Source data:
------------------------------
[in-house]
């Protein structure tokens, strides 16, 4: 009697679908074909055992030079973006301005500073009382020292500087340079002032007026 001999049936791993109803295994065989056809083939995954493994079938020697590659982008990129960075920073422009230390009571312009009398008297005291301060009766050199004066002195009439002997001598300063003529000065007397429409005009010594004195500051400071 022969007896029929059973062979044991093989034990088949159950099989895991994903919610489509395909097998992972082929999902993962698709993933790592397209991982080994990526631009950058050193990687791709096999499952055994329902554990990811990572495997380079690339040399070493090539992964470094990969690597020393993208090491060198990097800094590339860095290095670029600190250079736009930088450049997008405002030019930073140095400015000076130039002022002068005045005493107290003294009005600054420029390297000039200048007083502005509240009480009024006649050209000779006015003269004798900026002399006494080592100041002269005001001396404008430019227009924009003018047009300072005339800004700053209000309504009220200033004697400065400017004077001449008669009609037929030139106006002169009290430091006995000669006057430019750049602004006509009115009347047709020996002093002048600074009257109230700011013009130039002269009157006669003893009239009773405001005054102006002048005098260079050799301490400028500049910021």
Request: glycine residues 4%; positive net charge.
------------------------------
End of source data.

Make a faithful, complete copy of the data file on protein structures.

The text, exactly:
[in-house]
């Protein structure tokens, strides 16, 4: 009697679908074909055992030079973006301005500073009382020292500087340079002032007026 001999049936791993109803295994065989056809083939995954493994079938020697590659982008990129960075920073422009230390009571312009009398008297005291301060009766050199004066002195009439002997001598300063003529000065007397429409005009010594004195500051400071 022969007896029929059973062979044991093989034990088949159950099989895991994903919610489509395909097998992972082929999902993962698709993933790592397209991982080994990526631009950058050193990687791709096999499952055994329902554990990811990572495997380079690339040399070493090539992964470094990969690597020393993208090491060198990097800094590339860095290095670029600190250079736009930088450049997008405002030019930073140095400015000076130039002022002068005045005493107290003294009005600054420029390297000039200048007083502005509240009480009024006649050209000779006015003269004798900026002399006494080592100041002269005001001396404008430019227009924009003018047009300072005339800004700053209000309504009220200033004697400065400017004077001449008669009609037929030139106006002169009290430091006995000669006057430019750049602004006509009115009347047709020996002093002048600074009257109230700011013009130039002269009157006669003893009239009773405001005054102006002048005098260079050799301490400028500049910021």
Request: glycine residues 4%; positive net charge.